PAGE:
Ty Cobb: President Reagan’s D-Day speeches
In 1984 President Ronald Reagan and allied leaders attending the G-7 Economic Summit left London and gathered in Normandy to commemorate the 40th anniversary of the D-Day invasion, the difficult but eventually successful battle that turned the tide of the war in Europe. My God, it hardly seems possible it was 35 years ago!
Reagan gave two extraordinarily moving speeches that day, one at Omaha Beach with French President Francois Mitterrand, and another, more remembered, at Pointe du Hoc — the cliffs the Rangers scaled in the face of German artillery firing directly down on them. This was a U.S.-only ceremony, and many of the Rangers who survived that assault were on hand to hear the president that day. I was fortunate to be in charge of coordinating U.S., French and allied participation in the events, and it was a moment that none of us there will never forget.
Reagan’s speech that day (Peggy Noonan was the primary drafter) was one of the most memorable he gave in his presidency. In addition to extolling the bravery of the invasion forces, Reagan used the occasion to urge the Allies to stand firm in the face of aggression (now from Moscow), but did reach out to the Soviet leadership — saying he was prepared for an improvement in relations, if the Kremlin were as well (remember, this was still a time when the Soviet Union was led by aging apparatchiks, at that moment by the 84-year old Konstantin Chernenko!). I think Reagan was anticipating significant change in the Kremlin, and it came with the selection of Mikhail Gorbachev just eight months later.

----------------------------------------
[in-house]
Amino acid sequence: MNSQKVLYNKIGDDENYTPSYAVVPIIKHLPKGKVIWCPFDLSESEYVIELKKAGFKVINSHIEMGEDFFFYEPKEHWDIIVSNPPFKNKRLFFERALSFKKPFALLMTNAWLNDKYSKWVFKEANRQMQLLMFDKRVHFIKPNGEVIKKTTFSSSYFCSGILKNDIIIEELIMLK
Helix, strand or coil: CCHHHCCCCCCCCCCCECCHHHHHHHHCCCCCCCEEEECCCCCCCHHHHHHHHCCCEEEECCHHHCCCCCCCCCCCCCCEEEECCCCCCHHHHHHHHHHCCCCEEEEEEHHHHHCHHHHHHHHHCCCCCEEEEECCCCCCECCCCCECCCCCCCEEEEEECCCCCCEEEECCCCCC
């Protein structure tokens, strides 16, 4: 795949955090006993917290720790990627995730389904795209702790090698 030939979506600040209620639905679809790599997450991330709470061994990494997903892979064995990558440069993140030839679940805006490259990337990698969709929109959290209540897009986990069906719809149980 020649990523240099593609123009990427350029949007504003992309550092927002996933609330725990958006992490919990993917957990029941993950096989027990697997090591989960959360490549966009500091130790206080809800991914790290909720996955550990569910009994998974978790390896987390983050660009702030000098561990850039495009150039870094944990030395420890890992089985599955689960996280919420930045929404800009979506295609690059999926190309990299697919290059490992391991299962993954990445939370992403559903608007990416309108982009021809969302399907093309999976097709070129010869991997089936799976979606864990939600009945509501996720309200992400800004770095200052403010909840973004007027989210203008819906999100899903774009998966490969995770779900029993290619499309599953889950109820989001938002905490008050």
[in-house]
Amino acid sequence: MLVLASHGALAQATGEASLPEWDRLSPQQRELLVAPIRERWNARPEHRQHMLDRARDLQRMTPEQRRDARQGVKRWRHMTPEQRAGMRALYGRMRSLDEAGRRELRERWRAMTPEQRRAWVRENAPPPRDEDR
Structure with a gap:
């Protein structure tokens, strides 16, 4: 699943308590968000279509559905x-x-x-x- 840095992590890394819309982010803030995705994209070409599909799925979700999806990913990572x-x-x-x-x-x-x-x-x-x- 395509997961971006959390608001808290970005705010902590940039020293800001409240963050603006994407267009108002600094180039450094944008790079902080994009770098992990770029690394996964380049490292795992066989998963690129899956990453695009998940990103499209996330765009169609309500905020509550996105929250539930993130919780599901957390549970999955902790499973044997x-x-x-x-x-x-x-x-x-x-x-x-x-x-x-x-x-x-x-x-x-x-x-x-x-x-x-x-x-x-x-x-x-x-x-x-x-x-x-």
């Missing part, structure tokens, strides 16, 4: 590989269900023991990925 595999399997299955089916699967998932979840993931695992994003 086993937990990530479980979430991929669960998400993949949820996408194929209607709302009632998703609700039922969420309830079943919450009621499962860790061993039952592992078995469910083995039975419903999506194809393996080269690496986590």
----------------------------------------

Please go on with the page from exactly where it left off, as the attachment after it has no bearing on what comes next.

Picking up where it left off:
Here is a link to the president’s speech — https://www.youtube.com/watch?v=eEIqdcHbc8I&feature=channel_page — I strongly urge you to listen to Reagan’s short but poignant address, and reflect on the significance of this anniversary. Later that day Reagan and Mitterrand spoke at a joint commemoration of the D-Day landings at Omaha Beach. While Reagan and Mitterrand had a prickly relationship, that day both spoke movingly of the casualties suffered in the allied forces’ landings against extensive German resistance.
All in all, a most memorable day — the 40th anniversary of the D-Day landings some 75 years ago.